A reasonable person might say that a three year time span should allow almost anyone the opportunity to obtain a valid ID so that he or she could exercise the right to vote.  In that time period a woman could bear four children and a man could father a lot more.  Isn’t that passionately concerned voter able to find the time to get a (free) North Carolina ID card?  The card, incidentally is available at over 180 different locations throughout the state – and North Carolina isn’t one of our geographically larger states.  But if a short ride is too long for that concerned voter, the entire process can be accomplished through the U. S. mail.

So taking this one portion of the law, what reasonable objection can opponents have to it?  Frankly, I’m a bit mystified.  But I am empathetic to their concern about voter suppression.  My concern takes the reverse side of their argument – and it centers around those voters who have a legitimate right to vote and who exercise that right.

You see, every vote which is cast illegally disenfranchises the voter who actually has that right.


There’s something about Rep. Charles Rangel (D – NY 15th District) that, well, let’s say, is colorful.  He’s never been a person to mince words or observe the finer points of the Internal Revenue Code as his 2011 censure by Congress will attest.  He is also the third longest serving member in Congress and he happens to be darkly complected.

When I think about Charlie Rangel I am always reminded of the story about the man who was speaking to the village idiot:

Man:  “You are without a doubt the stupidest person I’ve ever met.  How did you get that way?”

Idiot:  “Well, I can guarantee you it didn’t happen overnight.”

Charlie Rangel has had 42 years to hone his craft on Capitol Hill and his picture should appear next to any thoughtful argument dealing with the merits of term limits.  Only a Congressional ethics investigation impeded his becoming the Chairman of the House Ways & Means Committee.  Those are the people who spend the money that we send to Washington – plus an additional 20% or even more in a really good year.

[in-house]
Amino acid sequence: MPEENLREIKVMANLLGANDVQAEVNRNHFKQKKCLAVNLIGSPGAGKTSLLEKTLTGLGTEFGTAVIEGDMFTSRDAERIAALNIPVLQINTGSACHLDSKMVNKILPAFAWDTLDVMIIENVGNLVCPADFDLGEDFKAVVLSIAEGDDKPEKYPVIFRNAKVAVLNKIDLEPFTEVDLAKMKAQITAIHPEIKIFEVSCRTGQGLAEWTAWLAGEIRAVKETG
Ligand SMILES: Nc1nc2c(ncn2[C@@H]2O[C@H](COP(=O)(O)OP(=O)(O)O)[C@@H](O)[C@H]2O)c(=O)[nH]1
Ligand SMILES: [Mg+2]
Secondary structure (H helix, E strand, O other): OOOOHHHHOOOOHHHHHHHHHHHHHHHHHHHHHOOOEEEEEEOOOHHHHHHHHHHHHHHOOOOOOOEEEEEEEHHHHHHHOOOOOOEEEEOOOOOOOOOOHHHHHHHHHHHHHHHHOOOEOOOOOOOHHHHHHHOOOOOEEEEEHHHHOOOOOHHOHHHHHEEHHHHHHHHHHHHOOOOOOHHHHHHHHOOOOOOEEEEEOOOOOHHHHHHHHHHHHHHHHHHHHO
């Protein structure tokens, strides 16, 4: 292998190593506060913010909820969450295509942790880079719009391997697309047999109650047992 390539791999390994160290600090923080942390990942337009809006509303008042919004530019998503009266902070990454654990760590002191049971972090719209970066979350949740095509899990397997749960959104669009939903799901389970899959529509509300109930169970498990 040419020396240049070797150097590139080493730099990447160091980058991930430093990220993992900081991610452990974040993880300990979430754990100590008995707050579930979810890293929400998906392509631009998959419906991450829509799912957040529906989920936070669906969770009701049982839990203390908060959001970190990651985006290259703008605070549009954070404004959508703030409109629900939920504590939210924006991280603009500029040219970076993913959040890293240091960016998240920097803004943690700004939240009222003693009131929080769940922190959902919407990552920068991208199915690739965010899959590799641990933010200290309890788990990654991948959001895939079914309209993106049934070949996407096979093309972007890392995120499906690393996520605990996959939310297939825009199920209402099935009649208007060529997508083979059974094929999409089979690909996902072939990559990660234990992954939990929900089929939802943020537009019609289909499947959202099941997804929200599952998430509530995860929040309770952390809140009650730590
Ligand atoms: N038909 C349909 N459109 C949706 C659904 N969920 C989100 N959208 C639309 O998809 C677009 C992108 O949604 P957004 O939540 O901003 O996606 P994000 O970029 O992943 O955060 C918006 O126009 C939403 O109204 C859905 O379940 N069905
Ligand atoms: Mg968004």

Rep. Rangel is back in the limelight over some comments he made the other day regarding the Tea Party.  You’ll remember them as being the people whose applications for tax exempt status were held up for deliberate political reasons by the IRS.

To quote the Congressman, “It is the same group we faced in the south with those white crackers and the dogs and the police.”

Not to dispute the Congressman – but that group that he and other civil rights activists faced in the ‘60’s are probably long dead or at the least they are octogenarians.  I haven’t seen any pictures of Tea Party activities wherein the participants were in wheel chairs with special cup holders to house their dentures.

But let’s return to the statement about “white crackers”.  Every reference (and I looked up seven) refers to the term as an “offensive slur”.  In other words, it is an overtly racial derogatory remark.  Has there been any outburst from the white community demanding the Congressman’s entrails?  Not that I’ve heard.  Nor would one expect that there would be.

The same term, you will recall was apparently used by Trayvon Martin in his description of George Zimmerman – at least according to the prosecution’s star witness.  Once again – there were no expressions of outrage by American whites, no marches, no protests.  This should lead all of us to ask, why do American whites not respond to racial epithets in the same volatile way as American blacks?

I think there is a simple yet profound explanation – one which speaks to the heart of this issue and to the great divide which separates us.  It all boils down to self-image.

It is extremely easy and rather alluring to advance the argument that blacks have been denied opportunity simply because of their skin color.  And it would be naïve to argue that in many cases that is not true.  But this argument assumes that black Americans have uniquely been denied opportunities which have always been open to those who came from Europe and were white.  Any review of the history of immigration to this country will rapidly disprove the validity of that theory.

The Dutch weren’t happy when the English showed up.  Neither of them was too keen on the Germans – and when the Irish made it here they were all concerned that the country was on the road to hell.  Thank heaven for the Italians and the Eastern Europeans.  Now there was a whole new collection of people  that everyone else could look down on.